This trip sounds wonderful and I am so happy you are deciding to act now on your dream to travel and take a less conventional path. I look forward to chatting more. I have a few posts coming up in the next month about finding work abroad post-graduation, and some options you have beyond just travel too! :)
Only just read this, Shannon. It’s beautiful.
Aw shucks, thanks lady.
Shannon – thank you so much for this. I teared up reading it because it was such a beautiful piece of writing & spot on in every way!
I’m on the cusp of graduation & my life is pretty planned out but my heart is tugging me in a different direction – I know in my heart someday I’ll get to fulfill this yearning to travel more fully (instead of dichotomising my “real life” and my “travel life”)
Just… thank you for taking the time (: Gives me so much hope to know there are adults like you who are so committed to keeping alive youthful dreams (instead of telling us we’re naive / idealistic) :D Rock on, Shannon – I’ve been a longtime fan!
HI Sarah, I am so glad that this piece resonated with you. Graduation is a really tough time and I know a lot of adults forget what it felt like to transition like that, to be asked to put on the mantel of adult — sadly by that many adults actually mean “now give up your dreams and make money).
Good luck and please don’t hesitate to let me know if there is something I can do to help, or merely just lend an ear :)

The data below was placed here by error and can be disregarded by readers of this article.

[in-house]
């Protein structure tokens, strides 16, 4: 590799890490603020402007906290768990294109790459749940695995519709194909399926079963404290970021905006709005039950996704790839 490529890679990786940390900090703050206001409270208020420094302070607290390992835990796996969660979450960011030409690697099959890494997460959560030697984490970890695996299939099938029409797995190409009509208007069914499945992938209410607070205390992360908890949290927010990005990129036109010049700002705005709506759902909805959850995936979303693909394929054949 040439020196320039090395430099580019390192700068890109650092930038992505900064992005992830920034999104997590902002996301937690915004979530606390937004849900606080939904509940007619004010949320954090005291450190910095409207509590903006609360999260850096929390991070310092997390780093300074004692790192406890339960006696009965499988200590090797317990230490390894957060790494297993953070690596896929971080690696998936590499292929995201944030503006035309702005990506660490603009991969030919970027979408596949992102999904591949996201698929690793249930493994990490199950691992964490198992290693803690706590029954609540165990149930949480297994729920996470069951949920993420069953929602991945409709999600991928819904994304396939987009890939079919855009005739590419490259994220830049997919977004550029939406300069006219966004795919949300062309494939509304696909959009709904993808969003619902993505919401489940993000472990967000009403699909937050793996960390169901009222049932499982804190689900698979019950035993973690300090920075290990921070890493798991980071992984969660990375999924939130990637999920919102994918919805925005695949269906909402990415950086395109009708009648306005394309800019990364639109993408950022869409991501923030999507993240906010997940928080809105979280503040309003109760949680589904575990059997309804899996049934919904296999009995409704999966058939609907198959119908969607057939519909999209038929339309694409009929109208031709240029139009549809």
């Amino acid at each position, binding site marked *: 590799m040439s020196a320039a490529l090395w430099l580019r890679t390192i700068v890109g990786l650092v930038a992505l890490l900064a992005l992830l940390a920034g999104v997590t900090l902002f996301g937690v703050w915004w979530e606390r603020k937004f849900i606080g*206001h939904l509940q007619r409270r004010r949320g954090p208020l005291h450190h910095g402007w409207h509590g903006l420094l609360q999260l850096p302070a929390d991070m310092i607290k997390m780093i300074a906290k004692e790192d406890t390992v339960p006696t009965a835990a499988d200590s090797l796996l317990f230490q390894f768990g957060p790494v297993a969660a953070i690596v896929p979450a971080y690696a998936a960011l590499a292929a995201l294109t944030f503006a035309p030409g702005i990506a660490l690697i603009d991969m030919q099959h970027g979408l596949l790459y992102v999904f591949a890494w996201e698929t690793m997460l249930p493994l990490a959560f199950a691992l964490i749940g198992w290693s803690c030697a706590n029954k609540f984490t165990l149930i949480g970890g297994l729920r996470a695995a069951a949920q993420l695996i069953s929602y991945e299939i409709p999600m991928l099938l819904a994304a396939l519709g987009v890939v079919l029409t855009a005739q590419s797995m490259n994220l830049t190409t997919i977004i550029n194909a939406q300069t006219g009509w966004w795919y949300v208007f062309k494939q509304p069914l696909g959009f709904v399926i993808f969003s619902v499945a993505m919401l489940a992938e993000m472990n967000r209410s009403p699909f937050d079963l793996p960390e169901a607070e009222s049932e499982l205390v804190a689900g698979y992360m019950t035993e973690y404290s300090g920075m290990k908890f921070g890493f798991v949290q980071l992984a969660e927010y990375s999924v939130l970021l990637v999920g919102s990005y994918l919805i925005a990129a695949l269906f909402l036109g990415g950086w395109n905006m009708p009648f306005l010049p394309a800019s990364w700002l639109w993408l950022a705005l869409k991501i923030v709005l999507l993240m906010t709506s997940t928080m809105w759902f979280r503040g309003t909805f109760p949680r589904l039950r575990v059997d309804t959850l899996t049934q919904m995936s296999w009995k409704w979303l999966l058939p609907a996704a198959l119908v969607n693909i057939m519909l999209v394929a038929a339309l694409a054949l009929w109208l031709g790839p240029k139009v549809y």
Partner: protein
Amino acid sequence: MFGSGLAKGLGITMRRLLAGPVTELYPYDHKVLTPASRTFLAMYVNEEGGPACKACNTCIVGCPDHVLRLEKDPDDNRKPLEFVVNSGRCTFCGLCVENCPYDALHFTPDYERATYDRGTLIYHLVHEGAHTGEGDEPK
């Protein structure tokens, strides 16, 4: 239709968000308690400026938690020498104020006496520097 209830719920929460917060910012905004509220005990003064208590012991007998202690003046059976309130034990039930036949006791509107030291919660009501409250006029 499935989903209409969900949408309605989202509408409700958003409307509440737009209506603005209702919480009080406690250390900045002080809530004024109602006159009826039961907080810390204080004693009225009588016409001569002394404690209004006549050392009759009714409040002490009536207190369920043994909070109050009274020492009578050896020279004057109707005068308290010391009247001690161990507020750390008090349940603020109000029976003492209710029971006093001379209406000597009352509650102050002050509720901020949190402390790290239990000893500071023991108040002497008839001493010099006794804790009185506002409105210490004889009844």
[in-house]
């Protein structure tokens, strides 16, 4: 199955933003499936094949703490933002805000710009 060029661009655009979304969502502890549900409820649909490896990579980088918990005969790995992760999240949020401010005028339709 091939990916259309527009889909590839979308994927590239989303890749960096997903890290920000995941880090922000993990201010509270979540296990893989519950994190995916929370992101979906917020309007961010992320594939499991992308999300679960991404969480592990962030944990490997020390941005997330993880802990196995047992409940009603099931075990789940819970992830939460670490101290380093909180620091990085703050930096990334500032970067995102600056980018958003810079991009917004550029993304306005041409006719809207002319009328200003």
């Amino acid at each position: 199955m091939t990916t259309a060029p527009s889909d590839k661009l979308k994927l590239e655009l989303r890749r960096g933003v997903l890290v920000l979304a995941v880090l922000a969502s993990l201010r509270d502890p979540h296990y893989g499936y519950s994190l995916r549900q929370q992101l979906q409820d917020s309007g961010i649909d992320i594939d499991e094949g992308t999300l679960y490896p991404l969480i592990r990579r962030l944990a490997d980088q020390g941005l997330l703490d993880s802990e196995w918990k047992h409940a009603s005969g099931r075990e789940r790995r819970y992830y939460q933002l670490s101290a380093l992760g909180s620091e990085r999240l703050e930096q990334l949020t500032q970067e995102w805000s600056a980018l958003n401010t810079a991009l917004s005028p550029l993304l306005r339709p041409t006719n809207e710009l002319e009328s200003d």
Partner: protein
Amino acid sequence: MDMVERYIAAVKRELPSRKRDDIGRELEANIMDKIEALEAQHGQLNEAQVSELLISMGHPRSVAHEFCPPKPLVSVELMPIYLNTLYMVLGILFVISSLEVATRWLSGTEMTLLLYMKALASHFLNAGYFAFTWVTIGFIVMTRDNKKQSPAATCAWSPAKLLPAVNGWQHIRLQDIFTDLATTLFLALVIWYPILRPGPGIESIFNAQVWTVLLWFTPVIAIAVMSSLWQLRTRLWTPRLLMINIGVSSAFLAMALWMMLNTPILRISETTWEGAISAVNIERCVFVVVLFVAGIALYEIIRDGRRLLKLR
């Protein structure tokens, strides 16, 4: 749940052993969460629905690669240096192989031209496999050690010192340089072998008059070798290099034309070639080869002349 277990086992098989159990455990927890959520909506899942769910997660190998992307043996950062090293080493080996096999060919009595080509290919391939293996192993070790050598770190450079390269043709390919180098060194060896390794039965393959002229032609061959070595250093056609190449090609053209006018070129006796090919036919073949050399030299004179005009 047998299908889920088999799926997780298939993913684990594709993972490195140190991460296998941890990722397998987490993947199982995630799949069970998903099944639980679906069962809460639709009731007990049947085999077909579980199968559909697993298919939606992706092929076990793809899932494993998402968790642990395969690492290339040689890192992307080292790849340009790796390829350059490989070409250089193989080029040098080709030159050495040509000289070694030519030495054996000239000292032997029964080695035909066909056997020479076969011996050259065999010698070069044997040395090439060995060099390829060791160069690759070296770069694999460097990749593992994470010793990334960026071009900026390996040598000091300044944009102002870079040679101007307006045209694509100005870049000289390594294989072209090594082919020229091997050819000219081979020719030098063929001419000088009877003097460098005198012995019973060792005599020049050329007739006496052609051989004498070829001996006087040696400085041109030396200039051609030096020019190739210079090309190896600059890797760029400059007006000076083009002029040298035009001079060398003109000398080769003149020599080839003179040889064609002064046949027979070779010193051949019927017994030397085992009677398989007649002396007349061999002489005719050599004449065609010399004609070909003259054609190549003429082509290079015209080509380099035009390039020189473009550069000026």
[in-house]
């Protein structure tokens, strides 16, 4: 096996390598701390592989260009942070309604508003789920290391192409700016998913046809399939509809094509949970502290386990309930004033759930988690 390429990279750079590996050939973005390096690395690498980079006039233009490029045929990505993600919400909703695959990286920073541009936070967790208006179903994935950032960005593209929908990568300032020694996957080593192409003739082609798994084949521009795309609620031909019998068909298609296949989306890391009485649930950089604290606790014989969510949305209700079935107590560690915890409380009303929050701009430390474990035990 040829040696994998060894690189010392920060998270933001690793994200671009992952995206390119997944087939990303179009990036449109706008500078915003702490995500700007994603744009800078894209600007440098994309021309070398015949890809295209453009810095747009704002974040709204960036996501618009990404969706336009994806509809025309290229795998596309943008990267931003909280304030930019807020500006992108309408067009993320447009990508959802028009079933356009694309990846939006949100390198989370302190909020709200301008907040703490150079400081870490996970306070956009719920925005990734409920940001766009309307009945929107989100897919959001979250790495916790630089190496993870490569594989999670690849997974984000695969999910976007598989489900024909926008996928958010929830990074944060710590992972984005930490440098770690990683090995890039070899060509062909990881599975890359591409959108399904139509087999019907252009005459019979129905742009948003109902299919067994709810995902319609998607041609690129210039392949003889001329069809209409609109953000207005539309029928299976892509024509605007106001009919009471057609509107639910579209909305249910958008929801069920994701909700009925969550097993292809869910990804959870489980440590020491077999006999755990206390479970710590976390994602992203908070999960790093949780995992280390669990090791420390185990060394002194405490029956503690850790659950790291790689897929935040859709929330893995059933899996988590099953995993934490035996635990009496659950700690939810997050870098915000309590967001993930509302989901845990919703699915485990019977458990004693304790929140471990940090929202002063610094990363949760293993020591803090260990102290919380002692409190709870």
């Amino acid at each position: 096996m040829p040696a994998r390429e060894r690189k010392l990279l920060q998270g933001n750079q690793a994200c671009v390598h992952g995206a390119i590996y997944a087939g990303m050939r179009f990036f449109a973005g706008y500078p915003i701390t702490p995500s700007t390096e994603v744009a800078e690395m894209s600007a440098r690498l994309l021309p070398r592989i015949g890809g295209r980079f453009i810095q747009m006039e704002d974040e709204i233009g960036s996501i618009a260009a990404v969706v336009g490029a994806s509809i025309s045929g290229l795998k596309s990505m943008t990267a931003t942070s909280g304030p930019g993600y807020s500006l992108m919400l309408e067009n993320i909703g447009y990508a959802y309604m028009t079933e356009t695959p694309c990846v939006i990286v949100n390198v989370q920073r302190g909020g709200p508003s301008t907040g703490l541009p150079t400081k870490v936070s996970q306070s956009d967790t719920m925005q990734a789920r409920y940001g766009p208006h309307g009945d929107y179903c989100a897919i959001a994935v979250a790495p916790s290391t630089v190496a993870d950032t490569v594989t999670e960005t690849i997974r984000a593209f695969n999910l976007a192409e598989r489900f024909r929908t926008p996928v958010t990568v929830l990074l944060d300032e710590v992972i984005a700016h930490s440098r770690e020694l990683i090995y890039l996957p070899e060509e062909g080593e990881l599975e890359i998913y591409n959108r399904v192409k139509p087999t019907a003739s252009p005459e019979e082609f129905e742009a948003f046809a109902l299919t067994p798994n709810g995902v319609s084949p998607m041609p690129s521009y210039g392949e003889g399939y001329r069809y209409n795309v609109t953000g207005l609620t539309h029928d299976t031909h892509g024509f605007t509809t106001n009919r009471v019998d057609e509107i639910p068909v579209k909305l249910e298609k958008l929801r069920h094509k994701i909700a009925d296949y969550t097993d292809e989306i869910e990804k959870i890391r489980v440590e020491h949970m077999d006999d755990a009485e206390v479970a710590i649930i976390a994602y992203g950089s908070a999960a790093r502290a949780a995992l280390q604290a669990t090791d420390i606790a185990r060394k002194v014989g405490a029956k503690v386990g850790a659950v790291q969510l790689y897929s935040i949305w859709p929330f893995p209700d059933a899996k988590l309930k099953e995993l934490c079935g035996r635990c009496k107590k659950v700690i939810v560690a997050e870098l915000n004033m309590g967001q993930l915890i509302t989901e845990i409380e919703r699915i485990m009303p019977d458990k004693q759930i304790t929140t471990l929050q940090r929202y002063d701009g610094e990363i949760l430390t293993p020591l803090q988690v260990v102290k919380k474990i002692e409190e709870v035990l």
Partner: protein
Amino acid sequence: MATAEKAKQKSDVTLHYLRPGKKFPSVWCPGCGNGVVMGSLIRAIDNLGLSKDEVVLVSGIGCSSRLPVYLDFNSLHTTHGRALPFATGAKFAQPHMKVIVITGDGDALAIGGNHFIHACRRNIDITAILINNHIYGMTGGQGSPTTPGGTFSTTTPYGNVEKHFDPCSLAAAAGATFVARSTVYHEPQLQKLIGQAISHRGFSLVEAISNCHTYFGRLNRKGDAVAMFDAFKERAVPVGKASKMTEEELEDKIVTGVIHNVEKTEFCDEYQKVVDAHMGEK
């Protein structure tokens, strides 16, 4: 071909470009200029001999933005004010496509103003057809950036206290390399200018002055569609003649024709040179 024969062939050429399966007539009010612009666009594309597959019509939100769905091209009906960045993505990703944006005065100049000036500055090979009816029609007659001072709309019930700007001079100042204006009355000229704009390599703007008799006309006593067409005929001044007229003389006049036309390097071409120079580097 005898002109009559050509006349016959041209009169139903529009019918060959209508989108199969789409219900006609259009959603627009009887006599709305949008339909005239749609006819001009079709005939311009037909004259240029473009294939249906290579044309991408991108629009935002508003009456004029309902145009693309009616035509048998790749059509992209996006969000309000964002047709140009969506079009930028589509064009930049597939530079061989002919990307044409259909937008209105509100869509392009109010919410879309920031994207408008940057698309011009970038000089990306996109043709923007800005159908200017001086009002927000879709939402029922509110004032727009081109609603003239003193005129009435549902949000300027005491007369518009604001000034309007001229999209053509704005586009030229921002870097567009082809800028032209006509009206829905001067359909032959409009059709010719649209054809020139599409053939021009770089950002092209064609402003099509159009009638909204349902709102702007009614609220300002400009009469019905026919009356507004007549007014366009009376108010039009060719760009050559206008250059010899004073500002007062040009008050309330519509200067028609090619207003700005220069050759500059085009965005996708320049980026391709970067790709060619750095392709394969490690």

I feel like you were talking directly to me with this post. I feel so lost in my life right now and the only thing that I know that I REALLY want to do with my life is travel. But according to everyone else, that’s not a viable life option. I know that people are wrong and I can make it work but I keep using my age as an excuse to hold me back. In all reality, I am terrified of traveling right now because it seems like everyone who goes out and sees all these amazing things are at least “twenty-something” and I haven’t even hit 19 yet.
Hmm, a lot of the bloggers tend toward the mid-twenties, but there are definitely people your age out there traveling Sky, take heart! I met a lot of 18-22 year olds in Australia and Southeast Asia when I was there. I think the biggest thing stopping many people is money, but if you have or can save up, or finagle it hit the road and you will be amazed by the diverse ages, lifestyles, cultures, and people also traveling round the world :)